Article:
Novel: Her Lady to Love (not sure if this is a series or just a group of unrelated books in the same era?) by Jane Walsh. Sapphic regency romance, which by rights ought to be my catnip, but I stopped reading halfway through (and had been skimming for half of that). This book had two main problems for me. One was that there is very little awareness of the social and economic forces that underpinned Regency society. I mean, we all make allowances for the protagonists of Regency romances to be extraordinary within their setting, but they still need to be plausible. Very little about the heroine’s family context or voiced expectations made any sense for the era. The attitudes and interactions felt very “modern people dressed in costume.” And on top of that, I simply didn’t like the protagonist as a person. I could find no reason to root for her to get her happy ending. I really wish I could have like this book more, especially given that the author appears to be on quite a roll with three sapphic Regencies out as of this month and a fourth on the way.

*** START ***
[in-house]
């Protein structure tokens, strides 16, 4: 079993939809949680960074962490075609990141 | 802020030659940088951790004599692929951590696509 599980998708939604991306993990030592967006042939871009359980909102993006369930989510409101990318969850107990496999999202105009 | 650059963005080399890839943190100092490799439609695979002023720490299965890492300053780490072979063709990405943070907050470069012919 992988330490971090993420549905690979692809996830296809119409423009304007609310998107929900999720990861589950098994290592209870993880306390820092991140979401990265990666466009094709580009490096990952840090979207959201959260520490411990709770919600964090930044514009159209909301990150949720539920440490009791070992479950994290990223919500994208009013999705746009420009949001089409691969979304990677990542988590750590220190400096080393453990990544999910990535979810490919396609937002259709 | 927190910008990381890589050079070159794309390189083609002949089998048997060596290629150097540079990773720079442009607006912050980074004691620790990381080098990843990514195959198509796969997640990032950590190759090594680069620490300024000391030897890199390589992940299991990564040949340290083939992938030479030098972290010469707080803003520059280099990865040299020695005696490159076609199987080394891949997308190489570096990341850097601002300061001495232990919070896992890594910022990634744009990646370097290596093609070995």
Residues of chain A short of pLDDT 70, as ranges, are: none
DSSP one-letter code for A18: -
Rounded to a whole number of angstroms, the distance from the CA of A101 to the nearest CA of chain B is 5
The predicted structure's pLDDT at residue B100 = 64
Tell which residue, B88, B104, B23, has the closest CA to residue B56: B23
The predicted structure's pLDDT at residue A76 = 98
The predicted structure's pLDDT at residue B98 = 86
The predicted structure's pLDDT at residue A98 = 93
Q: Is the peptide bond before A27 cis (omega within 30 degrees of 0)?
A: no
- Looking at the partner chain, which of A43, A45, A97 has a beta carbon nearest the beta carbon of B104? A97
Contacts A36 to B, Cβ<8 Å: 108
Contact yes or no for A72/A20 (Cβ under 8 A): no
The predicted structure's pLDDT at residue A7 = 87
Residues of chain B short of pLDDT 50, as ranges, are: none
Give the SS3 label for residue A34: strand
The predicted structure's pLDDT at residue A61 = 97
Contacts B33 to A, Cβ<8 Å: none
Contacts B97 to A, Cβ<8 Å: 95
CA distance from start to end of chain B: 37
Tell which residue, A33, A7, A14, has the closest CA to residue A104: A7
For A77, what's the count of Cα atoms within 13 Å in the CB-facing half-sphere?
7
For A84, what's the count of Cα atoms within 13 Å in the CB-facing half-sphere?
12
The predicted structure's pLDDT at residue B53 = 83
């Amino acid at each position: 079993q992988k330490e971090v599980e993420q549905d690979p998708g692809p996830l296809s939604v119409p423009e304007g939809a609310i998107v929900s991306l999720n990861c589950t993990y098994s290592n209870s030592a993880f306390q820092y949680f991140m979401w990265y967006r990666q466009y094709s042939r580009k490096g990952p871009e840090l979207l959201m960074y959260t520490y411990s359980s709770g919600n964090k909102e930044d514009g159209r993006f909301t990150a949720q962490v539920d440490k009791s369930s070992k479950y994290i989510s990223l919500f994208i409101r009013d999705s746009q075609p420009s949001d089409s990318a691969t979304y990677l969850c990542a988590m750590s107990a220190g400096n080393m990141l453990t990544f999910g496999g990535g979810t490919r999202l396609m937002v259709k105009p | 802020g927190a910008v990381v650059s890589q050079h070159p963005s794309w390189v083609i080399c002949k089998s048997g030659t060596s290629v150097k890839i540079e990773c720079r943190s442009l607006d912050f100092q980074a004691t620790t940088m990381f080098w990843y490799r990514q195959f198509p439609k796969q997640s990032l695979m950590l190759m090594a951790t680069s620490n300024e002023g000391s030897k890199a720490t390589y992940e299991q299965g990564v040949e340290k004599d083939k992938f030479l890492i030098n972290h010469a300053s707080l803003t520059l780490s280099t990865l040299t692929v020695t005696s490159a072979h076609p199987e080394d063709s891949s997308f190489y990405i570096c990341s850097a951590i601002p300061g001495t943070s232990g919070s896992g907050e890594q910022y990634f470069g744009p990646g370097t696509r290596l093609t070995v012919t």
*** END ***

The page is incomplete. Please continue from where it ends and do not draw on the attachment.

Novella?: Highland Hogmanay by Meg Mardell. This is Mardell’s second annual holiday-themed queer historical and I hope it continues to be an annual occasion. (I wouldn’t even mind something more frequent.) A runaway heiress, a mistaken identity, and a Scottish highland estate in desperate need of a more diligent landlord make for a sapphic romance worthy of a Hallmark movie. Mardell’s writing is solid and the delightful characters make one willing to ignore a few petty little plot-holes.
Audiobook: Elatsoe by Darcie Littlebadger. I added this contemporary YA fantasy to my queue knowing I was going to be on a convention panel with the author at Worldcon. In a “slightly stranger America” full of magical creatures and abilities, Elatsoe has a talent passed on from her Lipan Apache heritage to raise the ghosts of dead animals. When her cousin is killed, she doubts it’s the accident that it first appears and—with the support and wisdom of her extended family—uses her talents to uncover the truth. An enjoyable (if occasionally macabre) story with fabulous worldbuilding and casual asexual representation in the protagonist.
I have a couple more items on my “to review” list, but it’s bedtime and better to call this complete for now than to wait and then fail to post it.